Boys being boys: Tender photos of young male intimacy
In his latest photo project and exhibition Boys Boys Boys, Chinese photographer Lin Zhipeng tenderly investigates the desires of young men
image Lin Zhipeng
words Lucy O'Brien
When it comes to the condition of male adolescence, there is so much more than meets the eye. Confined by contemporary gender politics, which so often expects young men to play traditional masc. roles and reject, rather than embrace, things like emotions which are reportedly not very manly, young men are given little space to consider their inner thoughts and feelings. But in his latest project, Boys Boys Boys, photographer Lin Zhipeng (known to the internet by his affectionately-used alias, No.223) is making room for these explorations.
Boys pictured against delicate flowers; boys exploring their bodies; boys touching other boys. Like its namesake, Lihpeng’s latest collection and exhibition holds the lens up to young men and documents their relationship to intimacy with microscopic precision - both with themselves and others. Playful yet intimate, colourful yet shy, Boys Boys Boys is also an investigation of Zhipeng’s own relationship to love and desire as a man. Its ups and downs, its complications, but above all else - its beauty.
An established contemporary Chinese photographer, Lin Zhipeng’s projects never fail to push the boundaries of representations of Chinese identity, often transgressing traditional gender values in the process. But from Zhipeng’s perspective, he is simply capturing the world as he sees it and the multi-faceted nature of the people around him, starting with himself and his friends. “I have been photographing friends around me for a long time. I have many gay friends, some are single and some are couples. Every boy has his own characteristics. There are brave boys and timid boys. Introverted, handsome, and ordinary-looking. I hope that my photography can tell the inner story of their characters.” He says.
The result is Boys Boys Boys, an excerpt from his ongoing project lensing young Chinese men, which has debuted at Migrant Bird Space in Berlin (where he has been exhibiting his work on youth culture for years, in fact). Spanning from 2009 to 2023, the collection of photos explore young boys and the connections they make.
To celebrate in the wake of Boys Boys Boys’ exhibition, woo sat down with the prolific photographer to chat about representation, the joy of photographing friends, and the changing perceptions of queer love in Chinese culture.
How did you discover a love for the camera?
Lin Zhipeng: After graduating from university in 2000, I worked as a magazine editor, and I was exposed to a lot of visual-related information. I also like to take pictures. In the summer of 2004, I bought myself a film camera and started to shoot a lot: my life, my friends, my city. I have been shooting for almost 20 years.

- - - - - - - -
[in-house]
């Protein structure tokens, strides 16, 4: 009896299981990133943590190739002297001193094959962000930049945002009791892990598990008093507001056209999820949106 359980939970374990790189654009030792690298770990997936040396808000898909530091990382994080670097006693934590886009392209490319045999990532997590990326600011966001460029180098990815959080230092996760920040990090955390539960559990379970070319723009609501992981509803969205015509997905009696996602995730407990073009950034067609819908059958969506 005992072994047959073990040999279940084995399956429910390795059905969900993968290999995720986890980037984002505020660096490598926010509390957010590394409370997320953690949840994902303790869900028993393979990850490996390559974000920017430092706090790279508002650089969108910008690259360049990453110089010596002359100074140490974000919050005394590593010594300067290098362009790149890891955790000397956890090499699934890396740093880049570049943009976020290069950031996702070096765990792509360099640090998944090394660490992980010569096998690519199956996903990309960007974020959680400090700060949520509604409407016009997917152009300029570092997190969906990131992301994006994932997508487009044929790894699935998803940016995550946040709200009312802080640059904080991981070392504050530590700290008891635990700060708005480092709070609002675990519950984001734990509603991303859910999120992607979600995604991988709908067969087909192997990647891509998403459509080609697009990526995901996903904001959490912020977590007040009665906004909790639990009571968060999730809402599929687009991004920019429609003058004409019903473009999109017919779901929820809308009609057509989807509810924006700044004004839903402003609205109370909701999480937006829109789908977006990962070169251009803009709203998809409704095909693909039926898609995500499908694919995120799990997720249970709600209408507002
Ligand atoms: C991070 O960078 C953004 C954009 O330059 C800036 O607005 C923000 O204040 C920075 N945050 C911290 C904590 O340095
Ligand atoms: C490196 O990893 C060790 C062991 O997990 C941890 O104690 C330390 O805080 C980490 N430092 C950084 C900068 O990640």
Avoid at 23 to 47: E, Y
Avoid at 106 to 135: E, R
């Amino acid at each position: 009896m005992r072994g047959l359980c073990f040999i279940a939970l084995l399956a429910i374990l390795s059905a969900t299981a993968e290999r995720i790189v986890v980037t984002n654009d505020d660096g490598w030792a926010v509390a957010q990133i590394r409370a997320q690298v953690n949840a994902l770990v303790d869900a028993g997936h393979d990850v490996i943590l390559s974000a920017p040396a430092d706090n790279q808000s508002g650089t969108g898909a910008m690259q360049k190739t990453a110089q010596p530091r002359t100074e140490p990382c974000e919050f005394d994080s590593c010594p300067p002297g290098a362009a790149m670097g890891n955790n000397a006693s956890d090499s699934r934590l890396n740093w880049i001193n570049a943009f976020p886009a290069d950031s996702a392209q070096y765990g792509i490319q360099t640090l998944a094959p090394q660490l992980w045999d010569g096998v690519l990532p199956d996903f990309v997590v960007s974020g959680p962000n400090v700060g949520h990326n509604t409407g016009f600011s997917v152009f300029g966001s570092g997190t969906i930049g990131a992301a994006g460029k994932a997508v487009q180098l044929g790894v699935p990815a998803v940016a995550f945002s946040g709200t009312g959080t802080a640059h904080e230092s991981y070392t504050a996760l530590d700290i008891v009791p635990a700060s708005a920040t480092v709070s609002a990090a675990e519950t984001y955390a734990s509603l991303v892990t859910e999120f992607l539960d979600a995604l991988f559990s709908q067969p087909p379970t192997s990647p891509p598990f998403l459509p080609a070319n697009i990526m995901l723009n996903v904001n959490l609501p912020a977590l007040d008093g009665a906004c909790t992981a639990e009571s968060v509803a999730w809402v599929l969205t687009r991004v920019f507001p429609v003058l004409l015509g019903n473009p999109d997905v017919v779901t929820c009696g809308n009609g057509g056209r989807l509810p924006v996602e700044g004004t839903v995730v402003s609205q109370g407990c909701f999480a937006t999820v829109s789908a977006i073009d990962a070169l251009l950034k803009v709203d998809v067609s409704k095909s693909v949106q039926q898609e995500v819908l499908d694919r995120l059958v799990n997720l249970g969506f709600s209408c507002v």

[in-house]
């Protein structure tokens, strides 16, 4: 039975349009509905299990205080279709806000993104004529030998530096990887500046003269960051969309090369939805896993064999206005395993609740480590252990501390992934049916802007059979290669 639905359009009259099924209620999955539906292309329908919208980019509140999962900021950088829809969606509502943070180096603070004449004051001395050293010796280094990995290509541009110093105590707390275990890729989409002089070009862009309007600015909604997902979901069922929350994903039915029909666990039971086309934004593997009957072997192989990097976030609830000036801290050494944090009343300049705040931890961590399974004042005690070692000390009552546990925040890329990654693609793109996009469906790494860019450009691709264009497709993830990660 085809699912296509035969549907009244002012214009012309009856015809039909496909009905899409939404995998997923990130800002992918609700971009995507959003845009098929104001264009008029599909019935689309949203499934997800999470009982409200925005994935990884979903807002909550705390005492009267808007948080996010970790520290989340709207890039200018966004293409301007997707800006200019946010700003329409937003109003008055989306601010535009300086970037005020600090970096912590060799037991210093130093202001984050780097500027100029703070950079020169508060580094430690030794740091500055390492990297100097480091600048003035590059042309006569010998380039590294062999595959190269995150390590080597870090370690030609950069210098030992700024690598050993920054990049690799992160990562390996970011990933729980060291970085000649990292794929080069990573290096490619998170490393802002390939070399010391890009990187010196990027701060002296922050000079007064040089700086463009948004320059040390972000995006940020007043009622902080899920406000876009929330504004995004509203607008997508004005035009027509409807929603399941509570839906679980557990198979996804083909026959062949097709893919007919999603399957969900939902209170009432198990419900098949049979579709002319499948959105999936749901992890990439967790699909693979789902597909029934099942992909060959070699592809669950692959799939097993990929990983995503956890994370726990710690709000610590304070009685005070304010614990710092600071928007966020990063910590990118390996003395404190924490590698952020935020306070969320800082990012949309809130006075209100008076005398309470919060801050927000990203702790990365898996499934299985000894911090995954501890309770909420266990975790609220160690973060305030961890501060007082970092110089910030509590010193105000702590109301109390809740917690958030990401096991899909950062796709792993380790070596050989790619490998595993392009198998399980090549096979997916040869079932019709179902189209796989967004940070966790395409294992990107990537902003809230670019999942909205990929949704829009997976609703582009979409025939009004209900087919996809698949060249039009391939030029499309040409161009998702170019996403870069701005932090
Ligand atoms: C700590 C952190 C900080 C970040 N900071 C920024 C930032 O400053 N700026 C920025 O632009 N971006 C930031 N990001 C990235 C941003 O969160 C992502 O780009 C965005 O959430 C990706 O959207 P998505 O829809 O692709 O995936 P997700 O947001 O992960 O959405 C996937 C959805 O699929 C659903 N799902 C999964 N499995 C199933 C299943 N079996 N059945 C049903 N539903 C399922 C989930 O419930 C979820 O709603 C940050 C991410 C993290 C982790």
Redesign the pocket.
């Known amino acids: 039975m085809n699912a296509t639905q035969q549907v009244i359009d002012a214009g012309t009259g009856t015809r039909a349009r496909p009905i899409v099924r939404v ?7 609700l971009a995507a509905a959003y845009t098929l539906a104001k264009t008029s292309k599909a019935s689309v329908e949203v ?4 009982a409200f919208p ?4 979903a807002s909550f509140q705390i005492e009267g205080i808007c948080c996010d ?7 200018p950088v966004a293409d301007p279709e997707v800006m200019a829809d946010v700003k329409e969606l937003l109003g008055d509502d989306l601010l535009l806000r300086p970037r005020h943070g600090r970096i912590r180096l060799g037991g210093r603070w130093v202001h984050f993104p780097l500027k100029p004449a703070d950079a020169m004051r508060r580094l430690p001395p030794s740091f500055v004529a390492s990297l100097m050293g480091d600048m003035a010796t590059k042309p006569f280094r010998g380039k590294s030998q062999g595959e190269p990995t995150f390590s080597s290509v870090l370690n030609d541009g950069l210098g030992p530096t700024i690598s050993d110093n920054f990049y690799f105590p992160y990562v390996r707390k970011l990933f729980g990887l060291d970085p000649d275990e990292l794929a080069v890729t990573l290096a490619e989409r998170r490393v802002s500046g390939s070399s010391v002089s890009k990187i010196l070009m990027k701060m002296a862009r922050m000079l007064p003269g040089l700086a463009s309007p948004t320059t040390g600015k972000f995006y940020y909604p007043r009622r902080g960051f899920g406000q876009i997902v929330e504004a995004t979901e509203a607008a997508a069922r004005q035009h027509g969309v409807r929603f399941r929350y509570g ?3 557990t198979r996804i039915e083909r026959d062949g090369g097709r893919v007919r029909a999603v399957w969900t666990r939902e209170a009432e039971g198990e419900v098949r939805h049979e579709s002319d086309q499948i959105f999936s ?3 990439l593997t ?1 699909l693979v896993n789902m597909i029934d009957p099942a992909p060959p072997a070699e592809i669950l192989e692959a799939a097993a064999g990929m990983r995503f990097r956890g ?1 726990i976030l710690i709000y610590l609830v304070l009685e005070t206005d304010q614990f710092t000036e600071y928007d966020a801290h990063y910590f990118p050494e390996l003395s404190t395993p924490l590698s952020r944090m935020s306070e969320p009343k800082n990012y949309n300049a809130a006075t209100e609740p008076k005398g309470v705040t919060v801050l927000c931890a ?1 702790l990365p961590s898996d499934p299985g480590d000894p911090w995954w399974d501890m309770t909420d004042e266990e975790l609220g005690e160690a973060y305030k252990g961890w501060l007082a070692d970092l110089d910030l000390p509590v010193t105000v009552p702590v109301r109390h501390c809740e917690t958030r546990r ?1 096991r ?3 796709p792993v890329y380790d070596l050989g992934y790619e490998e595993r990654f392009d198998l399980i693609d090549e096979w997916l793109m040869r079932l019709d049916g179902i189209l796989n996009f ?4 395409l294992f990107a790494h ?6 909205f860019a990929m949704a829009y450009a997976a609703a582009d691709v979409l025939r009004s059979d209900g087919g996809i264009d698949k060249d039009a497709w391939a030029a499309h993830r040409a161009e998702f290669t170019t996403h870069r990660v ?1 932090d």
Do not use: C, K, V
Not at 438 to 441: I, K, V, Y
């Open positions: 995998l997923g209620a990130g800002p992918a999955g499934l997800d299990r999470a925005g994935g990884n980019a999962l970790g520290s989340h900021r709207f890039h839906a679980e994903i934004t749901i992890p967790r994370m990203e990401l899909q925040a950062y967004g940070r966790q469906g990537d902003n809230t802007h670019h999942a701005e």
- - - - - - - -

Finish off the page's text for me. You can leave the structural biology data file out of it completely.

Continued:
What draws you to the subject of male vulnerability and intimacy?
Intimacy has always been the subject of my photography. Intimacy, like everything in the world, changes with time. When I look at previous works, some boys who used to be close together have broken up, and some are still there. At the same time, the stories in these photos have more or less changed; some are sad and some are joyful. I like to bring emotional feedback to people.
The exhibition explores our human desire to connect with others. Is it also an exploration of queer love and intimacy?
Queer is not something that I focus on exploring, I also photograph straight people. The connection and relationship between people has always been a topic of interest to me. Including the various connections between people and things, things and things, and people and the world.
Would you say that Boys Boys Boys challenges traditional expectations of masculinity, particularly ones that might exist within Asian communities?
I do not make any challenges, I use my perspective and feelings to present; my works cannot represent the aesthetics of the public or everyone. These works only represent my subjective observation of boys, and the feelings I get after getting along with these people.
How do you explore your own sexuality and desires through your photography?
My shooting must always present some spiritual manifestations of my external exploration. In the shooting of the boy project, I try to enter the state of the boy's self. I try to think about the presentation of the image from the perspective of their thinking. I hope to tell the boys' own stories, not me telling them how to present themselves in front of the camera. Of course, my desires, intimacy, and sexuality are different from every boy, but I have tried to express these characteristics of them.
You have photographed gay love in China for some time now - have you noticed any cultural changes within the community or in wider Chinese society's treatment of queer people?
I can say gay love has become more open and there is a growing presence of pansexual individuals. I have also shot pictures of love between transgender boys and boys.
Discover more of Lin’s work here.
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